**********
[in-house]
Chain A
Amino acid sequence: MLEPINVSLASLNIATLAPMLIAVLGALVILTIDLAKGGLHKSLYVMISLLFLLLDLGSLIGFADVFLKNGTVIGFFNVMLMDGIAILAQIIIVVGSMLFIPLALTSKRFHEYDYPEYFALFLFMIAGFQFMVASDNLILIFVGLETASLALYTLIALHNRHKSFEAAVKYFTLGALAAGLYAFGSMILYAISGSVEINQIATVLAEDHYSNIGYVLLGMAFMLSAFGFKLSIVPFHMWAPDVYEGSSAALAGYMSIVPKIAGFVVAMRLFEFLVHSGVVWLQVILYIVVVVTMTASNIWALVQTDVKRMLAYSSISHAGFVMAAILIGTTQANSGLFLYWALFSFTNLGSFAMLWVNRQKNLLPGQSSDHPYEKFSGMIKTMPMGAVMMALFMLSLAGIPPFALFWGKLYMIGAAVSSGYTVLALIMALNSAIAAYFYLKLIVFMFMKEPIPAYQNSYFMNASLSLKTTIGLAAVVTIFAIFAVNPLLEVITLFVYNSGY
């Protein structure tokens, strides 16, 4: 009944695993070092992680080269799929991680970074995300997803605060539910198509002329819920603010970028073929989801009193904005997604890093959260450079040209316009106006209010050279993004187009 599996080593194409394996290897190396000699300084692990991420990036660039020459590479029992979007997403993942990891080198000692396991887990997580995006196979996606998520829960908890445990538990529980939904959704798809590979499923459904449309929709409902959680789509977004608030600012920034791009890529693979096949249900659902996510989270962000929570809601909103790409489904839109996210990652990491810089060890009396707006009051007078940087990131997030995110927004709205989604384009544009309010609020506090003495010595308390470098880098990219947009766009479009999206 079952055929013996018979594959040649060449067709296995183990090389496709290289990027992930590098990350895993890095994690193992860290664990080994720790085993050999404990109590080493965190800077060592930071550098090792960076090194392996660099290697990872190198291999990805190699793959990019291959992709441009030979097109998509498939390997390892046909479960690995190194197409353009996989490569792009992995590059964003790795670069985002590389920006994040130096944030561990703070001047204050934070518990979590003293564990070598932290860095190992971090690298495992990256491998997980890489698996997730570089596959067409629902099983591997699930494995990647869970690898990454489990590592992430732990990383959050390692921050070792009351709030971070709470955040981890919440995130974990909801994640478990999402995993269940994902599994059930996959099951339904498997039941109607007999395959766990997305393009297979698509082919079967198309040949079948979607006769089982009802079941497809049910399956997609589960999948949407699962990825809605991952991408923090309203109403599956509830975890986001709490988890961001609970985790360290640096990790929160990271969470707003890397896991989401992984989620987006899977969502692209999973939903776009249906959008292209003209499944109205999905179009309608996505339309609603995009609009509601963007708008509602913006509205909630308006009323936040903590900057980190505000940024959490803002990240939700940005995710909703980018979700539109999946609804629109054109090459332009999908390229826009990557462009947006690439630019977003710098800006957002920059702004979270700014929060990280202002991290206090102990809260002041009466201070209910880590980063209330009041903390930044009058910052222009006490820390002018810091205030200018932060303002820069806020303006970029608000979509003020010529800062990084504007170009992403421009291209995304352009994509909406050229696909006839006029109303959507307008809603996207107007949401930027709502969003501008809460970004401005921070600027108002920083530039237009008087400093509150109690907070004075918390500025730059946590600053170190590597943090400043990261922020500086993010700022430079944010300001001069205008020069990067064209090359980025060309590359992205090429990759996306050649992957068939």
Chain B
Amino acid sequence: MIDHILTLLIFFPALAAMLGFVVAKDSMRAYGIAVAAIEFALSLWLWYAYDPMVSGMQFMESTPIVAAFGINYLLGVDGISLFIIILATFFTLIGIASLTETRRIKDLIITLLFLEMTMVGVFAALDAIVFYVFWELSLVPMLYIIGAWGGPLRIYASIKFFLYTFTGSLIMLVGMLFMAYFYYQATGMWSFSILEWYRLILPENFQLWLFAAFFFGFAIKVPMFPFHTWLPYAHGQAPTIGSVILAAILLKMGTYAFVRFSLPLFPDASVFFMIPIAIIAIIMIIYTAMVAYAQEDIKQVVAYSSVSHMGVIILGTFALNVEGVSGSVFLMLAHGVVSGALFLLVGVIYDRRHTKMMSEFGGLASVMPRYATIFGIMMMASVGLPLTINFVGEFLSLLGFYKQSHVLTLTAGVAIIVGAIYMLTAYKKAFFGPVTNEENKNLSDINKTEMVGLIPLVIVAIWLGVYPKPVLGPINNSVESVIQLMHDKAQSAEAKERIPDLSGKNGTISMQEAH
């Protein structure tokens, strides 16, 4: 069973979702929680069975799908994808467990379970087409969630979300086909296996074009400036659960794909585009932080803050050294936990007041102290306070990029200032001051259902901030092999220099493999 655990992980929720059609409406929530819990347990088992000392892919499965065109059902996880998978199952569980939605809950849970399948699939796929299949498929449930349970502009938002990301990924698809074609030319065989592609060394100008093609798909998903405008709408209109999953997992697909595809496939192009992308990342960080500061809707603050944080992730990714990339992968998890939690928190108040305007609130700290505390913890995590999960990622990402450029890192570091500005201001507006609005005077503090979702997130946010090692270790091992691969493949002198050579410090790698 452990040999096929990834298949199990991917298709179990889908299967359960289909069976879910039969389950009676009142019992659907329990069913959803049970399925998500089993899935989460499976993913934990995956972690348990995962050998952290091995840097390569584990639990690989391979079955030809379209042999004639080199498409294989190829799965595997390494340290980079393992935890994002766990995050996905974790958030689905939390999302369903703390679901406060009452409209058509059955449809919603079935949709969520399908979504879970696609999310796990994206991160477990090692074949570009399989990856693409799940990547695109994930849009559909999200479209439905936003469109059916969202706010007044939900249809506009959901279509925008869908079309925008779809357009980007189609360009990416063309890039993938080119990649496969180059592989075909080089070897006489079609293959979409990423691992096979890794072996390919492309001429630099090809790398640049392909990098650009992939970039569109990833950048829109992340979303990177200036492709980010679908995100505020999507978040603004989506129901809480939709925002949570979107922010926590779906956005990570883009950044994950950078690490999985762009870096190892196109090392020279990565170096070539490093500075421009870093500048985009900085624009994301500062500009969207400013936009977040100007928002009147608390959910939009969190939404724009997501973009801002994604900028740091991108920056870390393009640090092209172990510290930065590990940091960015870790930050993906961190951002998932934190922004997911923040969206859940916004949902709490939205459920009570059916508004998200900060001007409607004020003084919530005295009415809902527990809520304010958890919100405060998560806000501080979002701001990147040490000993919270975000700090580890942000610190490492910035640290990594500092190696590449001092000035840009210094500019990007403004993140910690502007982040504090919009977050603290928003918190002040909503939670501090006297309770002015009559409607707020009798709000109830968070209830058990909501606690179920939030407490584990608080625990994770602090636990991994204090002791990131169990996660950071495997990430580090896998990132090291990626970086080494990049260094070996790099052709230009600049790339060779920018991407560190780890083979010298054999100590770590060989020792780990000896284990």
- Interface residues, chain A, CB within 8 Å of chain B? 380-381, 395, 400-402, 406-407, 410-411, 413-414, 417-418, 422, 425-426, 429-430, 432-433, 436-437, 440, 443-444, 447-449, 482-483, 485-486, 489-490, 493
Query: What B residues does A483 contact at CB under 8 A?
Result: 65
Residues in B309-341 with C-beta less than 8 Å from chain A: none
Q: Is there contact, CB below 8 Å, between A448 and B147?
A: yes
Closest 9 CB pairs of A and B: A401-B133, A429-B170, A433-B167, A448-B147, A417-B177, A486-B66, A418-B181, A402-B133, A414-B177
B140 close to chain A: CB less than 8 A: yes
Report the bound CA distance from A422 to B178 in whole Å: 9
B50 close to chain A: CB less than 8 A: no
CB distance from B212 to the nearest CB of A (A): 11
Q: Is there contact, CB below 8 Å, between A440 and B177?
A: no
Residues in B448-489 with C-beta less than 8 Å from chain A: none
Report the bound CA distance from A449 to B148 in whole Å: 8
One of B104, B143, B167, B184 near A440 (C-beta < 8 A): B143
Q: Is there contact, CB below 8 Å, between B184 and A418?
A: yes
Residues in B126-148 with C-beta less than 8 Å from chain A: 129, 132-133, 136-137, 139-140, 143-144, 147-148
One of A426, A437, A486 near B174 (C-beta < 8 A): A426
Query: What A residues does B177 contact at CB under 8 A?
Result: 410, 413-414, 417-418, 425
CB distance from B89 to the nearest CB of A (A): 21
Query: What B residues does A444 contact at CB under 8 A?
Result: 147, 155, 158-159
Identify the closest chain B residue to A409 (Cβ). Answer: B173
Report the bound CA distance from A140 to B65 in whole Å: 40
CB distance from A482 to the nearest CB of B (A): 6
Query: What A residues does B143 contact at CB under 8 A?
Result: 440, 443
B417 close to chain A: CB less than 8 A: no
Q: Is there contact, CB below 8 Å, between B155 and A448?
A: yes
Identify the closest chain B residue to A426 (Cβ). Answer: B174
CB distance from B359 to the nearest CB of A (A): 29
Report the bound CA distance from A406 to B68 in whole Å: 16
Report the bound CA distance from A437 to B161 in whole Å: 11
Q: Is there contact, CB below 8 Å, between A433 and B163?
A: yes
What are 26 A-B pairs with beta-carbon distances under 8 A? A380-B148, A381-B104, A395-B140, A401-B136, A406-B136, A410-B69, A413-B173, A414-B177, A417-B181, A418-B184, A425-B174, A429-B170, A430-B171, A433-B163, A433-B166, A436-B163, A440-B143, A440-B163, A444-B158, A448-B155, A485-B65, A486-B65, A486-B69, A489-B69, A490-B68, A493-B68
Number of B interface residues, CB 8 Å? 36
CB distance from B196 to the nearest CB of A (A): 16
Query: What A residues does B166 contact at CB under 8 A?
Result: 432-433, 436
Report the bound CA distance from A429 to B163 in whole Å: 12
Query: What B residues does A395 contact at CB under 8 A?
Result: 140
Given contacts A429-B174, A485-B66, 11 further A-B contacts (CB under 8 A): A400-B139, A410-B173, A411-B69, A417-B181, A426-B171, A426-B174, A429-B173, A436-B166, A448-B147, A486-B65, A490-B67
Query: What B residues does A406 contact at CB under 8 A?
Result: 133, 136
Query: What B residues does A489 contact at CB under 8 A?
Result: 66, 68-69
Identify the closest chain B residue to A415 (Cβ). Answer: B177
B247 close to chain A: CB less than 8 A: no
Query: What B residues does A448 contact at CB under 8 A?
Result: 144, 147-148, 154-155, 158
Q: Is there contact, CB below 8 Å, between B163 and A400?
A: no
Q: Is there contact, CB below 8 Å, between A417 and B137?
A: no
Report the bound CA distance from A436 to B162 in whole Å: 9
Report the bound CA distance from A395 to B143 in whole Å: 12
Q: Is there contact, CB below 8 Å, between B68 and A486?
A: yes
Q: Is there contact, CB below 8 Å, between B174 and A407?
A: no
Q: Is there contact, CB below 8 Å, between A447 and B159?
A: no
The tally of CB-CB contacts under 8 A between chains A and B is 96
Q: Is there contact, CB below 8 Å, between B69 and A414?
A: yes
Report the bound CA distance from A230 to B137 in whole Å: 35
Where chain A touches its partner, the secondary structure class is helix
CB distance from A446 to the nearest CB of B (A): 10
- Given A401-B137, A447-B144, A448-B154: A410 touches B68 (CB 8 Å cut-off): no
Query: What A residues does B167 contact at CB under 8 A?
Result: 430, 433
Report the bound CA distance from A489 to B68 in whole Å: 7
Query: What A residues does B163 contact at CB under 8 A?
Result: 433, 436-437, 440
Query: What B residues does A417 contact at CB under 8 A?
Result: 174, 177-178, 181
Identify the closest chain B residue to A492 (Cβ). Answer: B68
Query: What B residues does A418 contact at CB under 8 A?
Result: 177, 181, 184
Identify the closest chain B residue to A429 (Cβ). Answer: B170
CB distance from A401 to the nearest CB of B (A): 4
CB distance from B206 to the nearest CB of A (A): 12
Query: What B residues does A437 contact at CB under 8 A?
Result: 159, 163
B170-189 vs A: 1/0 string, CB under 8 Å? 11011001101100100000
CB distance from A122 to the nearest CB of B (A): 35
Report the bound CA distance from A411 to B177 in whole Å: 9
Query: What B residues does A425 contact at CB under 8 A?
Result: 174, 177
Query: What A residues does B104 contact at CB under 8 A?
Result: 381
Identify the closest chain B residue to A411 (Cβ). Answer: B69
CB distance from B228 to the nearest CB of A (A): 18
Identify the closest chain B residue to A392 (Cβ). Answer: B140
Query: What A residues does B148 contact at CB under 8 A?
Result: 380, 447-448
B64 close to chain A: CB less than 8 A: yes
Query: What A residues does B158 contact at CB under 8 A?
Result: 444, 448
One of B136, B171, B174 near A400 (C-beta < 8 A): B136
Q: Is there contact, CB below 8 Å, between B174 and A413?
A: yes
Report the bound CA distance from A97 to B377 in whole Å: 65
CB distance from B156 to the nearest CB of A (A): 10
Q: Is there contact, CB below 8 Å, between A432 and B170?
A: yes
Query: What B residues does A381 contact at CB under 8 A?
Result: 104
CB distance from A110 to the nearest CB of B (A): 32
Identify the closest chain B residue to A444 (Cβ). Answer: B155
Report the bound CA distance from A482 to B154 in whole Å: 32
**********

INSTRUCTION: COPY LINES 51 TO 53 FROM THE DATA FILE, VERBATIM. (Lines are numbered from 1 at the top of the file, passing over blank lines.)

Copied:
Result: 432-433, 436
Report the bound CA distance from A429 to B163 in whole Å: 12
Query: What B residues does A395 contact at CB under 8 A?